At the low point in 2006, Dell calculated at least 50% of the online conversation about Dell was negative. Today, Dell calculates the negative online conversation percentage number has been reduced to 23%. Dell doesn’t attribute all its blogging efforts to stemming the negative online conversation, but they are confident that blogging has helped.
[Lionel Menchaca]
re: “Wins” in the Blogosphere
90% of the time Dell enters into a conversation, it “wins.” A “win” happens when (a) you enter the conversation and just thank someone for giving their opinion and (b) when you weigh-in on a negative thread with clarification of facts and the negativity subsides.
[John Pope]
re: Dell’s Process for Posting on the Direct2Dell blog
Lionel serves as “editor-in-chief” for the Direct2Dell blog. As the editor-in-chief, Lionel balances three areas when it comes to topics the company chooses to blog about:
(1) content/ideas from Dell’s cadre of bloggers
(2) comments from Direct2Dell readers … if a topic emerges from readers, then Dell knows it needs to blog about that topic
(3) the need to add Dell’s voice to an online conversation that directly or indirectly impacts Dell.
[Lionel Menchaca]
re: Moderating Comments
Dell moderates comments on the Direct2Dell blog. On busy weeks, Dell receives up to 400 comments. Well over 90% of those comments get posted following a quick look-see. Dell uses common sense guidelines when deciding which comments to moderate. Dell’s three common sense rules are:
(1) No profanity
(2) No direct attacks on Direct2Dell readers
(3) Anything addressing legal issues are not posted,
[Lionel Menchaca]
re: IdeaStorm
The Direct2Dell blog changed how the company viewed online customer conversations. In the past, Dell wasn’t comfortable with participating or reacting to the conversations happening online about the company. However, the company now understands the importance of participating and reacting to the online conversation … so much so that … directly soliciting ideas from the online community was the next step in Dell’s social media strategy.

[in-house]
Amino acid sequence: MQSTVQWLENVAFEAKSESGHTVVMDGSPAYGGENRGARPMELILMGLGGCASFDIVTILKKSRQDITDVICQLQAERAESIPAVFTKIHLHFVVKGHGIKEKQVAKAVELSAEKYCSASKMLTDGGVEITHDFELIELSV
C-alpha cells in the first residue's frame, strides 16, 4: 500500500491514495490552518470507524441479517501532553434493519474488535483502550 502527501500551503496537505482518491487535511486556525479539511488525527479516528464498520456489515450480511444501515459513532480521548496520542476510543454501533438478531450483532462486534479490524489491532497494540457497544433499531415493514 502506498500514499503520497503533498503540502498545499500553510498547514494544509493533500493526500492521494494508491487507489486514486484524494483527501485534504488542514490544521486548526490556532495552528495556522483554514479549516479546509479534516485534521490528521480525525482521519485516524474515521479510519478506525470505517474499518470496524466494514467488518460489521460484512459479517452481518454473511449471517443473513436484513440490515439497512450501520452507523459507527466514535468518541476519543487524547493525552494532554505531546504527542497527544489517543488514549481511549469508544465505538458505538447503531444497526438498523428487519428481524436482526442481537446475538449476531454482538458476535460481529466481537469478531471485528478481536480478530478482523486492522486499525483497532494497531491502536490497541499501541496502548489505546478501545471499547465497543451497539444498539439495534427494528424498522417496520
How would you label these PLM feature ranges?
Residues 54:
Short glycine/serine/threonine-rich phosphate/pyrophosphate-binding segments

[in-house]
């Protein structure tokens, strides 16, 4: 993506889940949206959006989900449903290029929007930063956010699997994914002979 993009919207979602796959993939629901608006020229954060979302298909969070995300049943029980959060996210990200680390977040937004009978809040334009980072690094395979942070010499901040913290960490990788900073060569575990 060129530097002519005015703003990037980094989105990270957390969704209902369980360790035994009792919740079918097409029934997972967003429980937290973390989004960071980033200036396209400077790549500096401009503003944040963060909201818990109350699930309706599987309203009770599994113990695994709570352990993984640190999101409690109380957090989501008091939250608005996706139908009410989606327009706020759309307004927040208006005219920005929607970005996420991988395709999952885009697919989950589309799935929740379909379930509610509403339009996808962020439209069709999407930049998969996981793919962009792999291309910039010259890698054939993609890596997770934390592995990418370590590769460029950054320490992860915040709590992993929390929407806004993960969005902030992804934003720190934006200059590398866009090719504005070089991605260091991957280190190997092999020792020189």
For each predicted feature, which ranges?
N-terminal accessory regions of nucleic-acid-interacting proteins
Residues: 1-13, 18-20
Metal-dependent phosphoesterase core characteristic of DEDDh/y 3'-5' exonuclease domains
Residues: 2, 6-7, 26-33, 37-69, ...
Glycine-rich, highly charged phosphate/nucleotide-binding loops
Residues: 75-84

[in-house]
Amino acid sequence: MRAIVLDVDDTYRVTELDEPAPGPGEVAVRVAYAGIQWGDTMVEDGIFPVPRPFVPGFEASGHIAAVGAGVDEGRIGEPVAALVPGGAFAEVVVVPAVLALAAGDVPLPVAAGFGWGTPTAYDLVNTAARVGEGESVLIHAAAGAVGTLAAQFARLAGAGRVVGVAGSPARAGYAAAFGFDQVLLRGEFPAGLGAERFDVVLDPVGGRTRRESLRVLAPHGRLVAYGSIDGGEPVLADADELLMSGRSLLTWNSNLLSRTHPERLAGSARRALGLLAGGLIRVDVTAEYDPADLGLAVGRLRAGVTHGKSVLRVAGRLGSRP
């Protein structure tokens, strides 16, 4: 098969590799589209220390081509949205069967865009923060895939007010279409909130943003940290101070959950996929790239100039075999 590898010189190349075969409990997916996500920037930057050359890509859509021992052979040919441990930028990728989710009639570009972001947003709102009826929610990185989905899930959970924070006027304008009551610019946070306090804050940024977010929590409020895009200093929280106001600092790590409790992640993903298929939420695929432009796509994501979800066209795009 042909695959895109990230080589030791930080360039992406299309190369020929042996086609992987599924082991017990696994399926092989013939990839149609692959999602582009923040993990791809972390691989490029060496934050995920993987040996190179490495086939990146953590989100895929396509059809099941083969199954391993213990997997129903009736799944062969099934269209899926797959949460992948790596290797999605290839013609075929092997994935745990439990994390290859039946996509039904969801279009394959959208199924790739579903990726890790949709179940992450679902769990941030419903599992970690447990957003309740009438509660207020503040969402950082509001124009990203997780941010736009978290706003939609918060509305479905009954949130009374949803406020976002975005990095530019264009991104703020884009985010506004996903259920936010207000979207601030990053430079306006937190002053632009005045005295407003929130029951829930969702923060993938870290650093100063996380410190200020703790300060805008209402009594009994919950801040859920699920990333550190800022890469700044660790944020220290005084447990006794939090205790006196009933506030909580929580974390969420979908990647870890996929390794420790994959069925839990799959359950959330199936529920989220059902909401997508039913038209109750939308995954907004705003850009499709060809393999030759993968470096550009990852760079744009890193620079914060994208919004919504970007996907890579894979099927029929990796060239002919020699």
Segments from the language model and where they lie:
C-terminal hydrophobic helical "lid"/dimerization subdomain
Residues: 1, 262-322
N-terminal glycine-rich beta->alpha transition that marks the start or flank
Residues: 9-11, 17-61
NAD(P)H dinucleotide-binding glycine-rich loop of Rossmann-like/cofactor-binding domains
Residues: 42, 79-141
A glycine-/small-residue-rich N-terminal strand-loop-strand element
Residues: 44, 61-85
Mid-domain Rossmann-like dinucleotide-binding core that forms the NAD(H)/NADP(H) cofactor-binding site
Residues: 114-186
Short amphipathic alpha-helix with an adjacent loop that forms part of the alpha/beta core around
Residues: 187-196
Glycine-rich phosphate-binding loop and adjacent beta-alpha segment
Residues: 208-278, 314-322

In Febuary 2007, Dell launched IdeaStorm — which is, simplistically speaking, an “online suggestion box” inviting people to offer ideas on how Dell can improve its products and services.

One unique aspect to IdeaStorm is Dell is now able to close the loop with feedback from customers. When customers post ideas on IdeaStorm, Dell is able to follow-up with posts/comments explaining that the company heard them and explain what Dell is doing in response.

Dell views IdeaStorm as a way its product development team can co-create products with customers. Pre-installed Linux on Dell computers was one of the first ideas generated from IdeaStorm that Dell product developers worked with customers to co-create and introduce to the marketplace.

There are about 35 other ideas Dell has put into action as a response to listening to feedback from customers on IdeaStorm.
[Caroline Dietz, online community manager for IdeaStorm]

re: Lessons Dell is Learning from IdeaStorm
While there have been many successes with IdeaStorm, Dell is still adapting to how this initiative is changing the culture at the company. Being more transparent and sharing company information isn’t a cornerstone of the Dell corporate culture. However, IdeaStorm requires a certain comfort level with being open and forthcoming that Dell employees are adjusting to. Clearly, Dell’s participation in the online social media world is having an impact on its company culture.